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Native Plant Society trip to Bear Gap

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  • Andy Stepniewski
    Hi All, Today, I went on a hike to Bear and Pickhandle Gaps with the local chapter of the Native Plant Society, led by Jean Chott. These are minor passes along
    Message 1 of 1 , Jul 31, 2004
      Hi All,

      Today, I went on a hike to Bear and Pickhandle Gaps with the local chapter of the Native Plant Society, led by Jean Chott. These are minor passes along the Pacific Crest Trail at the head of Morse Creek, just north of Chinook Pass. Assisting Jean were Don Knoke and Phelps Freeborn, both plant experts. They had completed an initial survey of plants in late August along this 5-mile loop, compiling 159 species. They knew that by doing another survey at another time would yield lots of new species. So, like birders, they were anxious to add to the database for this beautiful area along the Pacific Crest Trail.

      Birds were not abundant or conspicuous as the fall movement has not really begun and it was windy in many places, which kept many small birds out of sight. Noteworthy were a couple of recently fledged Pine Grosbeaks at the first switchback on the trail above the upper sign-in box. These birds were calling loudly "chee-vlee" from lower down the slopes, so I began calling them in with owlet tootings. Initially, all that came in were Warbling Vireos, Western Tanagers, Black-headed Grosbeak (evidently a migrant), and Cassin's Finches. As Cassin's Finches call "cheedle-eee," somewhat similar to the Pine Grosbeak, I wanted to confirm the identification of my "heard" bird. After a couple minutes, I was still seeing only Cassin's Finches, so began to believe I'd made a false call. Suddenly, I heard a loud "chee-vlee" from a Subalpine Fir right above me and was able to confirm identification of these two birds as juvenile, still showing patches of downy feathers, Pine Grosbeaks. I was able to share these birds with at least some of our group, too, though it was a lot easier for them to hone in on the brilliant Western Tanagers posing in plain view. This observation is my first virtually unequivocal (they could be wanderers from elsewhere in the Cascades) evidence of breeding in Yakima County.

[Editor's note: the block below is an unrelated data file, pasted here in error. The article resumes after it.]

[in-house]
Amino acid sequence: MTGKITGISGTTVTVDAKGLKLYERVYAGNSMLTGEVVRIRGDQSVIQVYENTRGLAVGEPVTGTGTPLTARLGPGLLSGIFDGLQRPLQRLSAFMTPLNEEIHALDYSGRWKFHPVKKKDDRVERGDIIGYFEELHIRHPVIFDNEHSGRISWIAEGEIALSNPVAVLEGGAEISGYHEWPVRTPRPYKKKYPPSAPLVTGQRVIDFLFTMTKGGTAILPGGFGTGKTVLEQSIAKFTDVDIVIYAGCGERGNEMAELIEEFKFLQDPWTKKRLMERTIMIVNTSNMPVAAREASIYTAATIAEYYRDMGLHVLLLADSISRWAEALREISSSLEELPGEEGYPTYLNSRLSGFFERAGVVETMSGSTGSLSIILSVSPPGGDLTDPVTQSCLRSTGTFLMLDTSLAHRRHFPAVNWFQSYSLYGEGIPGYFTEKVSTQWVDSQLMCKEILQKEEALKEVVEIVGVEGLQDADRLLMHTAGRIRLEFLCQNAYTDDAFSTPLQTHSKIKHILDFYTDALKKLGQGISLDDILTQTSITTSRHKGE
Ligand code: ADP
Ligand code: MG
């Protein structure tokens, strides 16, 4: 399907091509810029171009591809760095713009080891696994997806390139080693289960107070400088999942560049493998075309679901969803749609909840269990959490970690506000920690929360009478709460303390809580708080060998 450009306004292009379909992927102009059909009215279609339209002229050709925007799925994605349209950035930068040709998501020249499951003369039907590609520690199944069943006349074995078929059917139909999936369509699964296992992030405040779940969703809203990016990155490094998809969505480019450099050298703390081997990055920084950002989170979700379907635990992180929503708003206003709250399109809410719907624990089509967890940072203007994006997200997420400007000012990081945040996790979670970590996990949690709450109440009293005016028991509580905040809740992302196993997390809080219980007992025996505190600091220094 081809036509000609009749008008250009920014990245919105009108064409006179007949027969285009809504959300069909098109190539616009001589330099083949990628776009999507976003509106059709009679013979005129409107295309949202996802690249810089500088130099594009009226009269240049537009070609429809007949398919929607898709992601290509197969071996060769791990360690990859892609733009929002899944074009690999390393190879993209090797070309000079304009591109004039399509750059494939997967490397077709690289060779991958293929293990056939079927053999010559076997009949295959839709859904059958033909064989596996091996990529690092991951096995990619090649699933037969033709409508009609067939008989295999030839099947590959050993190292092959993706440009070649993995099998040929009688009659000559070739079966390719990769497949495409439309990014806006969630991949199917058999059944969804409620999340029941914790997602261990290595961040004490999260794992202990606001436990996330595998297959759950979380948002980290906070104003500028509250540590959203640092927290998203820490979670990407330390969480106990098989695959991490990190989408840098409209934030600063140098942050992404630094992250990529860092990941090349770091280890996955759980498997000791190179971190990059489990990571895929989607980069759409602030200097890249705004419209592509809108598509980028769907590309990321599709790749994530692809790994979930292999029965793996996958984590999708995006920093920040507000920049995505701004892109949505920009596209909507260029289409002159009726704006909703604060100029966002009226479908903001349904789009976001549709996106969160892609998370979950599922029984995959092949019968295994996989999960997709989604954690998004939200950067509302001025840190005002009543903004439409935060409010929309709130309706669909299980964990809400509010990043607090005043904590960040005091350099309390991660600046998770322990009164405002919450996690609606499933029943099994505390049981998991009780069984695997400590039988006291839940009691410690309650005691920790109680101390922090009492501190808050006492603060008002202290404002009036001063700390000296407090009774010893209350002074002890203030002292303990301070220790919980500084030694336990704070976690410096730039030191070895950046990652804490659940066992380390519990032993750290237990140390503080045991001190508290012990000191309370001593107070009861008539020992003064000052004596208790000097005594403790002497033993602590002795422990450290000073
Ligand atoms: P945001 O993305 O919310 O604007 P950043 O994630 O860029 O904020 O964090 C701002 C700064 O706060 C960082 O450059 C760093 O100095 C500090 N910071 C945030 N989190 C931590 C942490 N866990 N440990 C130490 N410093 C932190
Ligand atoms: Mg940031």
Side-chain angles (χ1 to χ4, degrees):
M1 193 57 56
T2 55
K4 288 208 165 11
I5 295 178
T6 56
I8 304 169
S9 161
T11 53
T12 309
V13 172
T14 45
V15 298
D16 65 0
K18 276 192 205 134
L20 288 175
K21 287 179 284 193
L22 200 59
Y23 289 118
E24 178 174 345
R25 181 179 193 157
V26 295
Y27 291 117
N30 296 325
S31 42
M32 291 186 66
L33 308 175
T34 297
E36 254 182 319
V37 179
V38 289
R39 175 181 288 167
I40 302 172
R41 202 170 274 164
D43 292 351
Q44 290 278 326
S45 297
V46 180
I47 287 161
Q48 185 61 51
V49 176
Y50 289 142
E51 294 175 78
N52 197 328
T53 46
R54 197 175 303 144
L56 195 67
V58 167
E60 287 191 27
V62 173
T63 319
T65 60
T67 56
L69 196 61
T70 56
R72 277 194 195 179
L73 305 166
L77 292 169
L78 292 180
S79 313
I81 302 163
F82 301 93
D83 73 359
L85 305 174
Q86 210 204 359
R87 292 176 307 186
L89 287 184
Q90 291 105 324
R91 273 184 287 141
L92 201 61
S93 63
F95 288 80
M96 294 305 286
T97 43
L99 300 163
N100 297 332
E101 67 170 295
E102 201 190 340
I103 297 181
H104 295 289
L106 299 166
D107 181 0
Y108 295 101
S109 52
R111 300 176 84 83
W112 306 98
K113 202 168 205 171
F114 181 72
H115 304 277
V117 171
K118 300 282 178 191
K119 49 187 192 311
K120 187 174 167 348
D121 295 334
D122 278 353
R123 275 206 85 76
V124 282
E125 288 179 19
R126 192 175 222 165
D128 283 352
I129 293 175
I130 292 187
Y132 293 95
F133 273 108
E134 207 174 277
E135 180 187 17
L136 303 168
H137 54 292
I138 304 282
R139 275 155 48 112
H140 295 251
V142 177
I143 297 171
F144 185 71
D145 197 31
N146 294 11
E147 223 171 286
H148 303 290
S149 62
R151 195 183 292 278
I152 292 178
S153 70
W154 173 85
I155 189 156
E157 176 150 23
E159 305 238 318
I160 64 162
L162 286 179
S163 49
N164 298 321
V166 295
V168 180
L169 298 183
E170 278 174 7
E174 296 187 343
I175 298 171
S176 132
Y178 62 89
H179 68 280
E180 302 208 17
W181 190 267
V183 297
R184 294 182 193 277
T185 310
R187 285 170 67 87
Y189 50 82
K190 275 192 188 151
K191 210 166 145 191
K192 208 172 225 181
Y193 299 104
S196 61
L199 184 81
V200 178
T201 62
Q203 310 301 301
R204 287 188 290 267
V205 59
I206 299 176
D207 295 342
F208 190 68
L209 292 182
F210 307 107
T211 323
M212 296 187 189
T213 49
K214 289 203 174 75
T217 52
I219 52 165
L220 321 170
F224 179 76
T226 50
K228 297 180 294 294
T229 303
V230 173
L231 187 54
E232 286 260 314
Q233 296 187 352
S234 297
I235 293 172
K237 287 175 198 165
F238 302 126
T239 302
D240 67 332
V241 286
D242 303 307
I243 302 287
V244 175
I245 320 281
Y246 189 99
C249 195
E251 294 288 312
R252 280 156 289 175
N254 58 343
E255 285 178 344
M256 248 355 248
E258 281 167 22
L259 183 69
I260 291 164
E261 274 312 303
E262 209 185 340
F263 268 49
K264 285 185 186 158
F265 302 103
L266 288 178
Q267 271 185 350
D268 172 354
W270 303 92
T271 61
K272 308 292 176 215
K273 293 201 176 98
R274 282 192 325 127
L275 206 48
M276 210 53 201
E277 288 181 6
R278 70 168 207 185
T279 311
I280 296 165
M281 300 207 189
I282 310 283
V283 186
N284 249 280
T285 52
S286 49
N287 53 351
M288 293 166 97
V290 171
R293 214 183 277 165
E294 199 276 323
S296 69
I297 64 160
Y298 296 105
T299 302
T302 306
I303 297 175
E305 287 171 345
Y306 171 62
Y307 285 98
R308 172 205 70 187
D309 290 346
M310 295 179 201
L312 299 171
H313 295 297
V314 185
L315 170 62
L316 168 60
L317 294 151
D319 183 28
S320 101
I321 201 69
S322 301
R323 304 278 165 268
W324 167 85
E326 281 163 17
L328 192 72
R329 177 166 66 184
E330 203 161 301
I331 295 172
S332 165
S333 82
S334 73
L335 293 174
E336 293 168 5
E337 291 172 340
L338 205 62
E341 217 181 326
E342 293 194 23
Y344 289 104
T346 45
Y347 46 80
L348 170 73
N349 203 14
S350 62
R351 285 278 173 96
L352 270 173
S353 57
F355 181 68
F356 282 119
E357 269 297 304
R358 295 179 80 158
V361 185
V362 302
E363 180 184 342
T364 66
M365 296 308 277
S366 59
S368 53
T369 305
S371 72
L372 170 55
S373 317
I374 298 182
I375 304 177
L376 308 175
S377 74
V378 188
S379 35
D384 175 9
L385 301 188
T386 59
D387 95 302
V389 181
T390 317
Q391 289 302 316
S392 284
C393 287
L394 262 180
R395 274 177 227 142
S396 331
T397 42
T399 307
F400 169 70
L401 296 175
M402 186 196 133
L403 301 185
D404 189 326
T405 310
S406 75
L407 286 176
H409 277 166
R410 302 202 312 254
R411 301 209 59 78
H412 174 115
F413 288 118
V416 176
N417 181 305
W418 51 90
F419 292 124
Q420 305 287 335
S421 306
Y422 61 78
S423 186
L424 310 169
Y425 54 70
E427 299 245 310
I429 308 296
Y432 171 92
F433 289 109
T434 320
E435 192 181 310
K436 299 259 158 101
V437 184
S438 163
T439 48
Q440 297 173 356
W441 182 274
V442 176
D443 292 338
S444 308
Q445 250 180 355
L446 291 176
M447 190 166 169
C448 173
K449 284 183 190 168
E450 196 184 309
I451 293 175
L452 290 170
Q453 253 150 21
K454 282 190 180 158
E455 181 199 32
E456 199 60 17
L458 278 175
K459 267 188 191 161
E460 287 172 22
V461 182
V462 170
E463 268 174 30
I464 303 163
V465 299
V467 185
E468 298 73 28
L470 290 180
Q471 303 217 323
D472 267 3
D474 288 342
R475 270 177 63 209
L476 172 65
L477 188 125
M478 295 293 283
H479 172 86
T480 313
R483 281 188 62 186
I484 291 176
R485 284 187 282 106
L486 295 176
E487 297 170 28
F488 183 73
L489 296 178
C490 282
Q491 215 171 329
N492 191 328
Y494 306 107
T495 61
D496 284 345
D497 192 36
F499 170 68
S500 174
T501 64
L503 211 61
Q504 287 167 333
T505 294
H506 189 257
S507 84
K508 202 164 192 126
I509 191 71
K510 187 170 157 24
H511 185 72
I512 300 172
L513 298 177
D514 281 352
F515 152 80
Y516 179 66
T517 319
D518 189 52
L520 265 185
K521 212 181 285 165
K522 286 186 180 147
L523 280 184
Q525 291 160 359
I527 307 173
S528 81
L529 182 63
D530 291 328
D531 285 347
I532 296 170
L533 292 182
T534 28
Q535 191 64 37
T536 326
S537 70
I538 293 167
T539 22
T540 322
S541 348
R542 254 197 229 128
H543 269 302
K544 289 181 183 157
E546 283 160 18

I was introduced to some pretty neat new plants. Perhaps most memorable to me was the Rainier Lousewort (Pedicularis rainierensis), a yellow-flowered lousewort. As I had never heard of a yellow lousewort before, I was pretty astounded to study this beautiful, endemic, confined to Mt. Rainier, and its immediate surroundings.

      Another new plant for me was Lomatium martindalei, a smallish biscuitroot of the rocky subalpine, which, according to Don, is uncommon east of the Cascade crest. It was growing side-by-side with a shrub-steppe bioscuitroot, Lomatium triternatum, a species familiar to me.

      I was pleased to see this area, with its mosaic of plant communities due to a steep elevational gradient and varying slopes and aspects, is of interest not only to birders, but also to botanists. Don and Phelps added at least 15 species of plants to the list for this area today.

      Andy Stepniewski
      Wapato WA

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